Exploring the pathways of our lexicon
Getting Acclimated to "Acclamation"
Yesterday's Visual Thesaurus Word of the Day was acclamation, a timely word now that the Democratic National Convention has begun. Of course, the news out of Denver is that Barack Obama will not be nominated by acclamation ("a voting method in which shouts or applause, rather than ballots, determine the winner"). Instead, there will be a state-by-state roll call for the nomination on Wednesday night, with some votes going to Obama's erstwhile rival Hillary Clinton, followed by some sort of a unanimous consent for Obama after the first ballot. Columnists Dick Morris and Eileen McGann wrote last week that Obama should have "blocked a roll call by allowing a voice vote to nominate by acclimation." Whoops!
Morris and McGann aren't the only ones to make an accidental replacement of acclamation with its soundalike acclimation. The same error found its way into recent campaign articles from WiredPRNews and The Dallas Morning News. And of course it appears in countless unedited posts across the blogosphere, where enthusiasm frequently trumps proper spelling. Maybe it's a kind of Freudian slip, with the idea being that the Democratic delegates still need to get acclimated to Obama in order to nominate him!
Politics aside, acclamation and acclimation are two frequently confused words for obvious reasons. They differ by one letter, and that letter represents an unstressed vowel sound known as the "schwa," the spelling of which is often difficult to predict. As the Wikipedia article on "schwa" points out, the sound can be represented by any of the six letters used typically used in English for vowels:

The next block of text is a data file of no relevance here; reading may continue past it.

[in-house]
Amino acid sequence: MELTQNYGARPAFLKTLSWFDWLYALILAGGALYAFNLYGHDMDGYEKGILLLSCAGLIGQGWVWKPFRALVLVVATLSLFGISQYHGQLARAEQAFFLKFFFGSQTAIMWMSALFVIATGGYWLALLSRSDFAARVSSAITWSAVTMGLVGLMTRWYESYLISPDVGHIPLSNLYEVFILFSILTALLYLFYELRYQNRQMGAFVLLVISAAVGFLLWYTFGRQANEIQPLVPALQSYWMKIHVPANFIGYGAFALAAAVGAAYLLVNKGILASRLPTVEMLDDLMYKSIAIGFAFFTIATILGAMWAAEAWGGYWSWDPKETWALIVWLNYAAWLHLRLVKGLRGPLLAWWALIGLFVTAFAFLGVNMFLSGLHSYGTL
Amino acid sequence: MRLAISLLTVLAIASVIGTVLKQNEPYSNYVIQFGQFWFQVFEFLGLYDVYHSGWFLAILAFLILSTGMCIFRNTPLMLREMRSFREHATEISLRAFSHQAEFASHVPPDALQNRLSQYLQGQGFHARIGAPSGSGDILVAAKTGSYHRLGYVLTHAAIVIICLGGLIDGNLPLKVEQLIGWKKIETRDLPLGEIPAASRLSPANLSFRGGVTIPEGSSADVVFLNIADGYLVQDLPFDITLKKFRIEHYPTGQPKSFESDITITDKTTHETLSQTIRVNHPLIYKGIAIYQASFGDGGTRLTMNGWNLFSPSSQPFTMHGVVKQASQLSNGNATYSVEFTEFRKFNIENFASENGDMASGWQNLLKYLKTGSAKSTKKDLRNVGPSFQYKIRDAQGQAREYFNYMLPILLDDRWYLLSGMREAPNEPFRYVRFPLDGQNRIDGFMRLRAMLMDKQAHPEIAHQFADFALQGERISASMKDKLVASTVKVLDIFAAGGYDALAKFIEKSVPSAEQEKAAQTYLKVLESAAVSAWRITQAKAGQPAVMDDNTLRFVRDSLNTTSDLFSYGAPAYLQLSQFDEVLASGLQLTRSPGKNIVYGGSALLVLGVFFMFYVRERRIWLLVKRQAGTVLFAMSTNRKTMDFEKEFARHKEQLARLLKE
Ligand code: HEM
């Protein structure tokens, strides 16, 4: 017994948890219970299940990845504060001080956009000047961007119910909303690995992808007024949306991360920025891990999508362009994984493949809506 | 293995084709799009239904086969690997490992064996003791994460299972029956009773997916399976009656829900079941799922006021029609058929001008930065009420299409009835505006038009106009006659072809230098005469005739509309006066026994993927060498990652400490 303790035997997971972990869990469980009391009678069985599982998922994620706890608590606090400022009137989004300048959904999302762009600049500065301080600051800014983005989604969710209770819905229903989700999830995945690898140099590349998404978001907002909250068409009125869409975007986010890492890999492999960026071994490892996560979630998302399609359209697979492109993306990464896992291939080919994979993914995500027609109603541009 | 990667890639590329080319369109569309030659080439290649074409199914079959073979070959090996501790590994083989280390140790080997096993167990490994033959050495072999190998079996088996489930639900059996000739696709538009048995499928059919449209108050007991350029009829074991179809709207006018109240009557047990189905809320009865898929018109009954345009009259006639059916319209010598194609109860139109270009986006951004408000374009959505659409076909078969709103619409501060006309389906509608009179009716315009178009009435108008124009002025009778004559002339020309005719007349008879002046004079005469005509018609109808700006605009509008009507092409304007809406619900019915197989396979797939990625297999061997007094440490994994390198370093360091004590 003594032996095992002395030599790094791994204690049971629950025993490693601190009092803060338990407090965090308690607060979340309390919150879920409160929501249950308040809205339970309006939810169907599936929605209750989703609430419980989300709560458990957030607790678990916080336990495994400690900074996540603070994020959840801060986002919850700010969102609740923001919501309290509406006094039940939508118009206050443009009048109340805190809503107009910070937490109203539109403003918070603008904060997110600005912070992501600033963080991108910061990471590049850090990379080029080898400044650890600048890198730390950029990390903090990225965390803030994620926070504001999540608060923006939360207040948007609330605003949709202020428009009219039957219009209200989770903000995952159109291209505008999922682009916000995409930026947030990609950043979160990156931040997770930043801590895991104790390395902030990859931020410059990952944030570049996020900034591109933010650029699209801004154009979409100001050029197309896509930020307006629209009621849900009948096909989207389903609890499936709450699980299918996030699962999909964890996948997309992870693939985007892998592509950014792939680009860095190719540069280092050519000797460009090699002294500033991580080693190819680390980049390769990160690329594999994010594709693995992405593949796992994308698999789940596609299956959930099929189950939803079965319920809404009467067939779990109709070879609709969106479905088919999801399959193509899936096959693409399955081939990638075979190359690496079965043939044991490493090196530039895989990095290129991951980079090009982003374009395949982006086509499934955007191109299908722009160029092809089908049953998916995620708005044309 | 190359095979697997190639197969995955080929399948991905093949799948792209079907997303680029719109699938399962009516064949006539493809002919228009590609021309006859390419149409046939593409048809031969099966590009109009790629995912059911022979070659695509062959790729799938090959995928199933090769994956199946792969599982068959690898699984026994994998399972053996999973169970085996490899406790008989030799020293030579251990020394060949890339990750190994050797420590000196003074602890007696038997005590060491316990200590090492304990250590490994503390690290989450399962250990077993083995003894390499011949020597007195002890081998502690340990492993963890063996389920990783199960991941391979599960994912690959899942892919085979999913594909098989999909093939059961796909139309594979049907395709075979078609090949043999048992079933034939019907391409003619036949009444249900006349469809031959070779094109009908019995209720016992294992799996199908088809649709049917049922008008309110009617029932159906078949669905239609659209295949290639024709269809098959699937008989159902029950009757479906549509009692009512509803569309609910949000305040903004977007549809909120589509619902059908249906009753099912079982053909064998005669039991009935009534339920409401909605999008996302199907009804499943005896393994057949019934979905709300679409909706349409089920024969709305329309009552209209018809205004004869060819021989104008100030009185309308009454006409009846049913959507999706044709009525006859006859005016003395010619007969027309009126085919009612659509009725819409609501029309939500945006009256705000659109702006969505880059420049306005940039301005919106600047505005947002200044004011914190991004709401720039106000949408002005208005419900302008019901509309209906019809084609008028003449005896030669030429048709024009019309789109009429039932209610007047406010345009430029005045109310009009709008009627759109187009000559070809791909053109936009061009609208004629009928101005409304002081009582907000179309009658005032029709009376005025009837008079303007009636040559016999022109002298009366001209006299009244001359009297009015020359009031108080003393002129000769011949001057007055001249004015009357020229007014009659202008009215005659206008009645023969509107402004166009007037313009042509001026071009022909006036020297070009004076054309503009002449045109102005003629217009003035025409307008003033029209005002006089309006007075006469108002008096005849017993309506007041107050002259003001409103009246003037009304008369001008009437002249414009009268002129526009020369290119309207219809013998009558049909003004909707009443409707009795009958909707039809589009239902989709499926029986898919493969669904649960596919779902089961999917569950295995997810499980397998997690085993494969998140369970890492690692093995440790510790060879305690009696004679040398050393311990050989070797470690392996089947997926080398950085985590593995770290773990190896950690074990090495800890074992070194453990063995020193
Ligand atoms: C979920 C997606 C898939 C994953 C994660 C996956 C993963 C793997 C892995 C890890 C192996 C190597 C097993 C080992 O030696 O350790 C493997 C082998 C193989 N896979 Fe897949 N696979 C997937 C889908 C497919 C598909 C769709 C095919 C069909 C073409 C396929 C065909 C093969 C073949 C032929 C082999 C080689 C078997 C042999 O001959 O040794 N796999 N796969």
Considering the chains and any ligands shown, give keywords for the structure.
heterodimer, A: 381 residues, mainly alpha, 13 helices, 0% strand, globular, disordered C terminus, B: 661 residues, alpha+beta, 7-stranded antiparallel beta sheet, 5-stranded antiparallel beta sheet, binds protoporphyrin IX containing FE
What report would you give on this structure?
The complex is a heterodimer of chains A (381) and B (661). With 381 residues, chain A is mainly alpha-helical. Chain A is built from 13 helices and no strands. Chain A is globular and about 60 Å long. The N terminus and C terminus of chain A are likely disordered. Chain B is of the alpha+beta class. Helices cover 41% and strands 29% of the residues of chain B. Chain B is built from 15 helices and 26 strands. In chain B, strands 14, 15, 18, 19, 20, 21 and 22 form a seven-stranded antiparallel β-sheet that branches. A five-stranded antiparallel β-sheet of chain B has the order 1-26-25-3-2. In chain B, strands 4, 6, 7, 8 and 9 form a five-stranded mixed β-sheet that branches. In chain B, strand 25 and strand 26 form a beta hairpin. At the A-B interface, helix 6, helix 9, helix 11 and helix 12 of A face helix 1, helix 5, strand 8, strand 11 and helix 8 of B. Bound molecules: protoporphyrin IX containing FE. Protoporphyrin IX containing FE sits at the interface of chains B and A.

- like the <a> in about
- like the <e> in taken
- like the <i> in pencil
- like the <o> in eloquent
- like the <u> in supply
- like the <y> in sibyl
Some speakers might pronounce the i in acclimation with the "short i" sound of big if they're saying the word very slowly and carefully, but in normal speech that vowel will sound pretty close to a schwa. Delving a bit into the linguistic nitty-gritty, in an unstressed syllable the big vowel is often reduced to what phoneticians call a "barred-i", which is a "high" vowel. That means your tongue is a bit closer to the roof of your mouth than when you're pronouncing a "central" schwa. But not all English speakers distinguish between the barred-i and the schwa. Here's a test to see if you have the distinction: do the words roses and Rosa's sound different? (See this page for more phonetic details.)
No doubt about it, the schwa can be downright tricky. Just look at how the spelling of the first vowel changed in the words discussed in this Word Routes column: skedaddle, scadoodle, skidoo. With so much variability, it's no wonder that acclamation and acclimation can get mixed up occasionally — especially when a spellchecker is no help in ferreting out the "wrong" spelling.
In our next Word Routes we'll look at some more commonly confused words. Look for it immanently, uh, imminently.